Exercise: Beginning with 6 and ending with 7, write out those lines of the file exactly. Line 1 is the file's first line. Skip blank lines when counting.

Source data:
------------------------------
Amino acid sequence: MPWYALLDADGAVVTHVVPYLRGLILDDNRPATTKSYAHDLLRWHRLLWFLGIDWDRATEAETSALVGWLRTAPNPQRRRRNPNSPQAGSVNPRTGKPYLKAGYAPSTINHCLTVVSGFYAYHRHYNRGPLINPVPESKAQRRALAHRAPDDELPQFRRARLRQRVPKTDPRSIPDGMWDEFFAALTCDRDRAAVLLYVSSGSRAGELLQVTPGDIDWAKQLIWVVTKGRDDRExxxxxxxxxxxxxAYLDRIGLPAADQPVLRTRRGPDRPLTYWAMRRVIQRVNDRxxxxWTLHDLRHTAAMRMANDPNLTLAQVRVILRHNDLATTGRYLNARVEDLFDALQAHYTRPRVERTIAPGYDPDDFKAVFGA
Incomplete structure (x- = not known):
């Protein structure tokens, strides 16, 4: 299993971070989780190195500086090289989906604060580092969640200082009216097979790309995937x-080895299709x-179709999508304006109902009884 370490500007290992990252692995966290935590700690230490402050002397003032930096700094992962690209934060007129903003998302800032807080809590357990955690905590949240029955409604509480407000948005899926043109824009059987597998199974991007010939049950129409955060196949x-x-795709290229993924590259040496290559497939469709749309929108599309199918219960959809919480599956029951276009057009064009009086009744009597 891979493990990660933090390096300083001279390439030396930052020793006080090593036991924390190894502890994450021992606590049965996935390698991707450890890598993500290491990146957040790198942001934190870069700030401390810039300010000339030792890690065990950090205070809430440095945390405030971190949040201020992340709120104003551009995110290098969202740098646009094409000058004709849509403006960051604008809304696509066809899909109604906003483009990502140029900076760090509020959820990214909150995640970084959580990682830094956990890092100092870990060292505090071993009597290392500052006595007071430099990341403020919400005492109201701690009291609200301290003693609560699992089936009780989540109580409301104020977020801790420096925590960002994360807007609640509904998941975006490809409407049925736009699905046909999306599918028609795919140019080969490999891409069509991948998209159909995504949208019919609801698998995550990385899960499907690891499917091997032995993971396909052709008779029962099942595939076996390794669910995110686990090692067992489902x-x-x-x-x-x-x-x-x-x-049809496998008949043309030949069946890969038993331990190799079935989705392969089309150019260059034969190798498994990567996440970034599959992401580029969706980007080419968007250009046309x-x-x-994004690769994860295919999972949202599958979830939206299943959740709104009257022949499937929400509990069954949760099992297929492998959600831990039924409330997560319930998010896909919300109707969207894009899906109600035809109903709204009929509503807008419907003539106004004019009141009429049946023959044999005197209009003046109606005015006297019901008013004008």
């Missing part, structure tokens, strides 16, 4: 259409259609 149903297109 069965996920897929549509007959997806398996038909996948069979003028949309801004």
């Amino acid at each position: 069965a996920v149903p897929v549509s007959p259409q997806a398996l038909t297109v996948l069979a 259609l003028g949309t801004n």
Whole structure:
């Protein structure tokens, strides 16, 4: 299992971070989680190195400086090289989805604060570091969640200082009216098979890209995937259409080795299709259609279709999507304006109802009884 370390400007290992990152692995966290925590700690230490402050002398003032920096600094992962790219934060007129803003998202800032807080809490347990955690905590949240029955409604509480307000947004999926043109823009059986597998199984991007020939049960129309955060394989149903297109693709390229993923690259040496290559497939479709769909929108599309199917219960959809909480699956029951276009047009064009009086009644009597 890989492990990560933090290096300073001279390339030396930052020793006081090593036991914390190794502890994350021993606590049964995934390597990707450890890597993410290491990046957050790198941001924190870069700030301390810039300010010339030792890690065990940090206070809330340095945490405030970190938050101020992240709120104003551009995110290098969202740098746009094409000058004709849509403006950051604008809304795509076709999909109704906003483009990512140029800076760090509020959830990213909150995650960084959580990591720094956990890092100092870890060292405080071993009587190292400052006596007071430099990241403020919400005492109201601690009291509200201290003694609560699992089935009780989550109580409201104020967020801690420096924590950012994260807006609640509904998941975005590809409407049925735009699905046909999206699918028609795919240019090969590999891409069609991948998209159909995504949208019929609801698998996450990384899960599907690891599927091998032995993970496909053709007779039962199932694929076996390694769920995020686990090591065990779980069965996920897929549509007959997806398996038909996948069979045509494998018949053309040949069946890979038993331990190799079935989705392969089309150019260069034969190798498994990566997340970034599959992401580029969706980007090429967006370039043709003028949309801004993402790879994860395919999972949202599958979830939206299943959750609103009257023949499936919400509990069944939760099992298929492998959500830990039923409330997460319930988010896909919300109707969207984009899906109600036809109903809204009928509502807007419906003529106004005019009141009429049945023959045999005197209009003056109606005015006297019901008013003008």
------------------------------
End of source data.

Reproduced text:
Whole structure:
């Protein structure tokens, strides 16, 4: 299992971070989680190195400086090289989805604060570091969640200082009216098979890209995937259409080795299709259609279709999507304006109802009884 370390400007290992990152692995966290925590700690230490402050002398003032920096600094992962790219934060007129803003998202800032807080809490347990955690905590949240029955409604509480307000947004999926043109823009059986597998199984991007020939049960129309955060394989149903297109693709390229993923690259040496290559497939479709769909929108599309199917219960959809909480699956029951276009047009064009009086009644009597 890989492990990560933090290096300073001279390339030396930052020793006081090593036991914390190794502890994350021993606590049964995934390597990707450890890597993410290491990046957050790198941001924190870069700030301390810039300010010339030792890690065990940090206070809330340095945490405030970190938050101020992240709120104003551009995110290098969202740098746009094409000058004709849509403006950051604008809304795509076709999909109704906003483009990512140029800076760090509020959830990213909150995650960084959580990591720094956990890092100092870890060292405080071993009587190292400052006596007071430099990241403020919400005492109201601690009291509200201290003694609560699992089935009780989550109580409201104020967020801690420096924590950012994260807006609640509904998941975005590809409407049925735009699905046909999206699918028609795919240019090969590999891409069609991948998209159909995504949208019929609801698998996450990384899960599907690891599927091998032995993970496909053709007779039962199932694929076996390694769920995020686990090591065990779980069965996920897929549509007959997806398996038909996948069979045509494998018949053309040949069946890979038993331990190799079935989705392969089309150019260069034969190798498994990566997340970034599959992401580029969706980007090429967006370039043709003028949309801004993402790879994860395919999972949202599958979830939206299943959750609103009257023949499936919400509990069944939760099992298929492998959500830990039923409330997460319930988010896909919300109707969207984009899906109600036809109903809204009928509502807007419906003529106004005019009141009429049945023959045999005197209009003056109606005015006297019901008013003008």